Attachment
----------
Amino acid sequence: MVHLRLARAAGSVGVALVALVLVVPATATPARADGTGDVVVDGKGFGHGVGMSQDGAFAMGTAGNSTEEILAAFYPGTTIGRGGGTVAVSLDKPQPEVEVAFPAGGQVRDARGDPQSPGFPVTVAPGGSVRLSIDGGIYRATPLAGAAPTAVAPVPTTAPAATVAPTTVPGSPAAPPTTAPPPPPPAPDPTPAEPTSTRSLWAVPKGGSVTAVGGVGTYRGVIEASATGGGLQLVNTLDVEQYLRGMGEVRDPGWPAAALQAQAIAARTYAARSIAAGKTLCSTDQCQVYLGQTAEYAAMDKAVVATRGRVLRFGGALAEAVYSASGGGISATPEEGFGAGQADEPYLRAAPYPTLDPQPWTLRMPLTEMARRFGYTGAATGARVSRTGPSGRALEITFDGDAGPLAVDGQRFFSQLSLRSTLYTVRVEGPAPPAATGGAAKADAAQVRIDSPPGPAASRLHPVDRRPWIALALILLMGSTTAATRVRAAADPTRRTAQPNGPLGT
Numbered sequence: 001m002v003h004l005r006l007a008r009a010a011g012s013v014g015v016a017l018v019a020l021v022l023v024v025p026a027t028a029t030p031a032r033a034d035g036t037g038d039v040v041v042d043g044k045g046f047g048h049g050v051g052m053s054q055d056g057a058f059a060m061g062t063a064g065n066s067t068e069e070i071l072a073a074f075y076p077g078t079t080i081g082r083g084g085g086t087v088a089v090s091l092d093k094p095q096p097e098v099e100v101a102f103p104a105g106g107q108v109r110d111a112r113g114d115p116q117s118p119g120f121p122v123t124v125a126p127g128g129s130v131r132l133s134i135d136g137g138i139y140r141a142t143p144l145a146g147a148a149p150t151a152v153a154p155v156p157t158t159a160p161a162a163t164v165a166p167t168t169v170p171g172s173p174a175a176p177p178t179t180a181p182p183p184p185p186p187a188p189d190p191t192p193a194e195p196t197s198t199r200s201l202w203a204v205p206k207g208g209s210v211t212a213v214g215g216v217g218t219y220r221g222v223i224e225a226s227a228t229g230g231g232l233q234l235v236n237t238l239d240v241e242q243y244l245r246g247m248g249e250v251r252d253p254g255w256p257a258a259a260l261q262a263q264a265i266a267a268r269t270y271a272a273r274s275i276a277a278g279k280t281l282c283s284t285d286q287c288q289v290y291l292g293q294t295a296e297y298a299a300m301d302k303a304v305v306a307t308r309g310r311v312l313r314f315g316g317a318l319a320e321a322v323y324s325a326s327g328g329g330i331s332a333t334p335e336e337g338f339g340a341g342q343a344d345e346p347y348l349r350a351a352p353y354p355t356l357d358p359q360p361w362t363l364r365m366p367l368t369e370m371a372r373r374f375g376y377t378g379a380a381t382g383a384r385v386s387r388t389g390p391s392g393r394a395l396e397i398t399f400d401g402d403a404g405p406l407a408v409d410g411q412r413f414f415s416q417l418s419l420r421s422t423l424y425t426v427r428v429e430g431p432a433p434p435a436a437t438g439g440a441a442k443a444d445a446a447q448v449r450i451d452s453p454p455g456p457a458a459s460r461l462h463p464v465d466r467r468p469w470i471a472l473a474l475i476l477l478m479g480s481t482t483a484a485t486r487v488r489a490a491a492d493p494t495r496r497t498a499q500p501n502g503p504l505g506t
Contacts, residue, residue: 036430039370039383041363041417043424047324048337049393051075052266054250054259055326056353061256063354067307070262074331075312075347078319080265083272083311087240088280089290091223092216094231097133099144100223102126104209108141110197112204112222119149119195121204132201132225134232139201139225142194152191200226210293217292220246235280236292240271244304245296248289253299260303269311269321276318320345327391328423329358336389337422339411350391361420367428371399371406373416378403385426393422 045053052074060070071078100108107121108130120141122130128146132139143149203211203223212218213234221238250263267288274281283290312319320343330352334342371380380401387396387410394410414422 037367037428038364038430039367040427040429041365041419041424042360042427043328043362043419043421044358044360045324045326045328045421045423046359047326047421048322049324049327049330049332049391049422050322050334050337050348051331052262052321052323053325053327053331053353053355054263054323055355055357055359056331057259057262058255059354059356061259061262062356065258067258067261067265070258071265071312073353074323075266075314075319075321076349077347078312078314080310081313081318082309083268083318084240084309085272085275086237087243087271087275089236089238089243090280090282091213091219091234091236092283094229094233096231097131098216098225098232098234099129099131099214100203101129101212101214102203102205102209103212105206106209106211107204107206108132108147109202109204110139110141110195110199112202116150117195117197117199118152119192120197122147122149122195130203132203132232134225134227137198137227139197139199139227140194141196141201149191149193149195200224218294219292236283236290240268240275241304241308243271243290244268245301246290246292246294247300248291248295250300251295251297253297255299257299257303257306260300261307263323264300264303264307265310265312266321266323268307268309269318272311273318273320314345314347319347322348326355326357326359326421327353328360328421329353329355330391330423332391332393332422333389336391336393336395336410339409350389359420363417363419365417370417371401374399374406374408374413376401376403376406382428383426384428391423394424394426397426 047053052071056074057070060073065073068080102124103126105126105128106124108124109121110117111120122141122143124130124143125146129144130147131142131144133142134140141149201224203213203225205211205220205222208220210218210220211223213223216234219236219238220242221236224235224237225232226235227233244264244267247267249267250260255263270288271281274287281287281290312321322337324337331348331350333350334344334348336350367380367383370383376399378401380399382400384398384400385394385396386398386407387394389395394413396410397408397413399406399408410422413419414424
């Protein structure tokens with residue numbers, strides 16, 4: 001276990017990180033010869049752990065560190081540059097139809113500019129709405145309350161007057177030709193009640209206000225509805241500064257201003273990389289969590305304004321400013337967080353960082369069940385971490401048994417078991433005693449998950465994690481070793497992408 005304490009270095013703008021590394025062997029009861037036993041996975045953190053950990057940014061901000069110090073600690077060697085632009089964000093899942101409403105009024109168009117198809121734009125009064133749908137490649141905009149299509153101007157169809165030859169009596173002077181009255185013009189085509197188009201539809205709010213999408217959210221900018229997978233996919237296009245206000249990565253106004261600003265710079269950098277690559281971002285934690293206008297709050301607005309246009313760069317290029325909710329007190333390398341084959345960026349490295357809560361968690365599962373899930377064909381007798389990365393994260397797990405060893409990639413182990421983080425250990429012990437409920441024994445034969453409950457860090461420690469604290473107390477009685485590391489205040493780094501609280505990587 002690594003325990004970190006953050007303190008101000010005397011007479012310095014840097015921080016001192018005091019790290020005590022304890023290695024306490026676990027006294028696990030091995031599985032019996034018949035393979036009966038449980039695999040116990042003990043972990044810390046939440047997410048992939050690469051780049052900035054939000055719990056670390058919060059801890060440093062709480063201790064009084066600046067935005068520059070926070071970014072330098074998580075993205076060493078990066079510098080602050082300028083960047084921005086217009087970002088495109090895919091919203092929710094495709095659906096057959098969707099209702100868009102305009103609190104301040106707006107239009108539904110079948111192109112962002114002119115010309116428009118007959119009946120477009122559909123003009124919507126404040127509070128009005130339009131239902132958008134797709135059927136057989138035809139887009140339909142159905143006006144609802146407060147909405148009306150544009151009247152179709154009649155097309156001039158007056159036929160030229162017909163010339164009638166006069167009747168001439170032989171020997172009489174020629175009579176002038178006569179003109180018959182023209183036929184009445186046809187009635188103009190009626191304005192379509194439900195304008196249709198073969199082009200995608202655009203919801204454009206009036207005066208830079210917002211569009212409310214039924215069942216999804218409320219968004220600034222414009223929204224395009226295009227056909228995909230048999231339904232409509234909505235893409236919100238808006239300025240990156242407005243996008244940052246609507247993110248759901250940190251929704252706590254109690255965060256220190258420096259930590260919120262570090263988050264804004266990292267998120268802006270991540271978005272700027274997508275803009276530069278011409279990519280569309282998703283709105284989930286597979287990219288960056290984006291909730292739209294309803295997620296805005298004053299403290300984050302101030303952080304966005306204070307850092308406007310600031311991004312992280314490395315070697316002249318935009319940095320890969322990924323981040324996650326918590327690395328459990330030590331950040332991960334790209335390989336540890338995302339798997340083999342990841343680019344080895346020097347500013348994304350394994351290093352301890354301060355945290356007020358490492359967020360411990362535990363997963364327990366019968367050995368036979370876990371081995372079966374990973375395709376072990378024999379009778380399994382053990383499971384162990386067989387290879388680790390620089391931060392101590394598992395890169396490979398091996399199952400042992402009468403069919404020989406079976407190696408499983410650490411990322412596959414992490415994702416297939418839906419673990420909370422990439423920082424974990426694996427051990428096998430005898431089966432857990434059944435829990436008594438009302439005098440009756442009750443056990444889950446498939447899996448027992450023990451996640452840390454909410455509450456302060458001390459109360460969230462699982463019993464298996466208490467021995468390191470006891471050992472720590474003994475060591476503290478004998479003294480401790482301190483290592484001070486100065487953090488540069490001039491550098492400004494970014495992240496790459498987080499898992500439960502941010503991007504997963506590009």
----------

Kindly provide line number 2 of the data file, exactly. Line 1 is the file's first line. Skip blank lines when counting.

Numbered sequence: 001m002v003h004l005r006l007a008r009a010a011g012s013v014g015v016a017l018v019a020l021v022l023v024v025p026a027t028a029t030p031a032r033a034d035g036t037g038d039v040v041v042d043g044k045g046f047g048h049g050v051g052m053s054q055d056g057a058f059a060m061g062t063a064g065n066s067t068e069e070i071l072a073a074f075y076p077g078t079t080i081g082r083g084g085g086t087v088a089v090s091l092d093k094p095q096p097e098v099e100v101a102f103p104a105g106g107q108v109r110d111a112r113g114d115p116q117s118p119g120f121p122v123t124v125a126p127g128g129s130v131r132l133s134i135d136g137g138i139y140r141a142t143p144l145a146g147a148a149p150t151a152v153a154p155v156p157t158t159a160p161a162a163t164v165a166p167t168t169v170p171g172s173p174a175a176p177p178t179t180a181p182p183p184p185p186p187a188p189d190p191t192p193a194e195p196t197s198t199r200s201l202w203a204v205p206k207g208g209s210v211t212a213v214g215g216v217g218t219y220r221g222v223i224e225a226s227a228t229g230g231g232l233q234l235v236n237t238l239d240v241e242q243y244l245r246g247m248g249e250v251r252d253p254g255w256p257a258a259a260l261q262a263q264a265i266a267a268r269t270y271a272a273r274s275i276a277a278g279k280t281l282c283s284t285d286q287c288q289v290y291l292g293q294t295a296e297y298a299a300m301d302k303a304v305v306a307t308r309g310r311v312l313r314f315g316g317a318l319a320e321a322v323y324s325a326s327g328g329g330i331s332a333t334p335e336e337g338f339g340a341g342q343a344d345e346p347y348l349r350a351a352p353y354p355t356l357d358p359q360p361w362t363l364r365m366p367l368t369e370m371a372r373r374f375g376y377t378g379a380a381t382g383a384r385v386s387r388t389g390p391s392g393r394a395l396e397i398t399f400d401g402d403a404g405p406l407a408v409d410g411q412r413f414f415s416q417l418s419l420r421s422t423l424y425t426v427r428v429e430g431p432a433p434p435a436a437t438g439g440a441a442k443a444d445a446a447q448v449r450i451d452s453p454p455g456p457a458a459s460r461l462h463p464v465d466r467r468p469w470i471a472l473a474l475i476l477l478m479g480s481t482t483a484a485t486r487v488r489a490a491a492d493p494t495r496r497t498a499q500p501n502g503p504l505g506t